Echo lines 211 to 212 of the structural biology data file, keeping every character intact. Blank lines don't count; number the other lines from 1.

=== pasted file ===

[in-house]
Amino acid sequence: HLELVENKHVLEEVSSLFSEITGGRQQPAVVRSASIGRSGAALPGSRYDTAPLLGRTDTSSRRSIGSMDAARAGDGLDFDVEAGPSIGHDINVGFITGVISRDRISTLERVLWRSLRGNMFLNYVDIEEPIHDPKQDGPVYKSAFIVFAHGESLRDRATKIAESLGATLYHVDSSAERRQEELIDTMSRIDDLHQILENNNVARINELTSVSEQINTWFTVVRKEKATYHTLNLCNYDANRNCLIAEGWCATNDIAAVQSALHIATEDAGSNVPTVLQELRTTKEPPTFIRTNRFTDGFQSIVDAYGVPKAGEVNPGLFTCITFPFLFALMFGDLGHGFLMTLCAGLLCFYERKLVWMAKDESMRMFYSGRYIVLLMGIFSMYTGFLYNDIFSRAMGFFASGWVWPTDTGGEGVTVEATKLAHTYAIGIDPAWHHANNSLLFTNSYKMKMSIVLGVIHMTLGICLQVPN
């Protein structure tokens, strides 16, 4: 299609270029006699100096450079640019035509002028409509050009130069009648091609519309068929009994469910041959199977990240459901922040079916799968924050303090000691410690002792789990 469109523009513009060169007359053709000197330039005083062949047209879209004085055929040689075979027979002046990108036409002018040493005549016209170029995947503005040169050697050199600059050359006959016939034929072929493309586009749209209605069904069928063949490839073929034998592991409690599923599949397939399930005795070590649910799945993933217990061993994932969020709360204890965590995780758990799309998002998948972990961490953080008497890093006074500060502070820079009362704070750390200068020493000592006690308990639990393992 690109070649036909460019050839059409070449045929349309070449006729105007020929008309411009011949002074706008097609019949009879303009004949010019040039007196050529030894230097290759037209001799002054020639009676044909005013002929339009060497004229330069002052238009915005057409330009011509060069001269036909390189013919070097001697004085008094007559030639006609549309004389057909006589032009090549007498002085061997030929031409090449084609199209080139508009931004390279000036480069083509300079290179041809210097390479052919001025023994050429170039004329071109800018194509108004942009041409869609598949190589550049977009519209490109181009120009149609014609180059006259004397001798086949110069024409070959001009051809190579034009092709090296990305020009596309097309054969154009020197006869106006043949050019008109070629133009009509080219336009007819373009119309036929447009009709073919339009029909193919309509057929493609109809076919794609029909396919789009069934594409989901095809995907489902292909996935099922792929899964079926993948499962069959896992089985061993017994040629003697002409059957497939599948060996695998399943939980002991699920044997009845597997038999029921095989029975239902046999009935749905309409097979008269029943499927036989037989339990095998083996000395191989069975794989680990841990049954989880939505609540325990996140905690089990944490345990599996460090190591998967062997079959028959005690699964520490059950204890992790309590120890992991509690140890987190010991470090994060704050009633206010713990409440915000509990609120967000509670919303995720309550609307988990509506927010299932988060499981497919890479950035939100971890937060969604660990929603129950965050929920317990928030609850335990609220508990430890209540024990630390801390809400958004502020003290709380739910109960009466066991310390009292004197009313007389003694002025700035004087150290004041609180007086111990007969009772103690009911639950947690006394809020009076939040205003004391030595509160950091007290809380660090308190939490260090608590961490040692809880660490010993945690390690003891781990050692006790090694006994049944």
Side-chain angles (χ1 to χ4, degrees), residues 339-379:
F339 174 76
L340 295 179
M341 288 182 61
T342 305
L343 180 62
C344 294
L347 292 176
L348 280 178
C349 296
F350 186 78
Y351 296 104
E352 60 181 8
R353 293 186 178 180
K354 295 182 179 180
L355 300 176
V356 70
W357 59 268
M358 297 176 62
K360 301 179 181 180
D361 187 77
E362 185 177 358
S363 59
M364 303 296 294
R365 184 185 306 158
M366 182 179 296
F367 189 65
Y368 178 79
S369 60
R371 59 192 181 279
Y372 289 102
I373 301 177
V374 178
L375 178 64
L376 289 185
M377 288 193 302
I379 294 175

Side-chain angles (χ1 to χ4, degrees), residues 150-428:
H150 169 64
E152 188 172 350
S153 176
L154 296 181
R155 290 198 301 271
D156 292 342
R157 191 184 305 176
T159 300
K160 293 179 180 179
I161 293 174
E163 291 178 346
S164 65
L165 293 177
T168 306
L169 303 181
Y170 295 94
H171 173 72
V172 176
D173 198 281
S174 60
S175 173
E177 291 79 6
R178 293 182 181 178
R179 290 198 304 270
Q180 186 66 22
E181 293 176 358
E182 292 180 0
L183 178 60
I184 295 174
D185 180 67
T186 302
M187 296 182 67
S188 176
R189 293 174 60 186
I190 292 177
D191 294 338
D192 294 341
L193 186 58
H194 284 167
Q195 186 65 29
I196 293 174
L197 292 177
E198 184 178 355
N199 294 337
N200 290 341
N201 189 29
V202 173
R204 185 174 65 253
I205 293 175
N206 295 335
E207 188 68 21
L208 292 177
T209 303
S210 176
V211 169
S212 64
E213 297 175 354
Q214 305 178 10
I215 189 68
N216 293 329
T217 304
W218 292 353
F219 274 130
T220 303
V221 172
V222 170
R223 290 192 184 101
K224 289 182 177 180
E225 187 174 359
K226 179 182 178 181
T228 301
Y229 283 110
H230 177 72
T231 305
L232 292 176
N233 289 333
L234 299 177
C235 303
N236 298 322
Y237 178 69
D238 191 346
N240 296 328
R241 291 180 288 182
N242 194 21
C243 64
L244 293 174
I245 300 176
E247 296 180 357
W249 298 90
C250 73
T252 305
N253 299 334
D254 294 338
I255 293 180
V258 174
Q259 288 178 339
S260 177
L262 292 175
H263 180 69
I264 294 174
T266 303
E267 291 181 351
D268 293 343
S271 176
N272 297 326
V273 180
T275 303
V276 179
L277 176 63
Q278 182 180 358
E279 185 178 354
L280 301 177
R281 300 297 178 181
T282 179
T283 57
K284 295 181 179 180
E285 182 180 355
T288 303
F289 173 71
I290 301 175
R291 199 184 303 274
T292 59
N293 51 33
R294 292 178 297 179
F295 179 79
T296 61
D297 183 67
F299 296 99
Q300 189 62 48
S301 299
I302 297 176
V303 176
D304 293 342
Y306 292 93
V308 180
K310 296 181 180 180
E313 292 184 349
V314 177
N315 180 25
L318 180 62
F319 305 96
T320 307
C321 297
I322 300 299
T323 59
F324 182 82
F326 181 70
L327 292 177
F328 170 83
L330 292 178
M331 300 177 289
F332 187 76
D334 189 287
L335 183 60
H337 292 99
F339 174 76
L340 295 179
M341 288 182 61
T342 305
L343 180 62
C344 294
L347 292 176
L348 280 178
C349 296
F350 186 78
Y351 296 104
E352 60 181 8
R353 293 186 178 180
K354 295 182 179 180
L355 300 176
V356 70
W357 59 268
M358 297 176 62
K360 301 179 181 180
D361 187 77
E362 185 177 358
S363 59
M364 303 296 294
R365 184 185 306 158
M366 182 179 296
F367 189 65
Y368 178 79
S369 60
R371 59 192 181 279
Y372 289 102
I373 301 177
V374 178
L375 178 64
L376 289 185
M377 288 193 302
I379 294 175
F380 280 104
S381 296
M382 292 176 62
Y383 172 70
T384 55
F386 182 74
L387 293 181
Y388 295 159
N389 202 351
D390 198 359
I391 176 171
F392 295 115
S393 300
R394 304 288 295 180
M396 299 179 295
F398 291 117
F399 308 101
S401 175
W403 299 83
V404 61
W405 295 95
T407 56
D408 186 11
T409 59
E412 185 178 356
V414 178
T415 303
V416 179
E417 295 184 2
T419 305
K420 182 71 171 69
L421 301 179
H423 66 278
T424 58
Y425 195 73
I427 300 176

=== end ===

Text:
L355 300 176
V356 70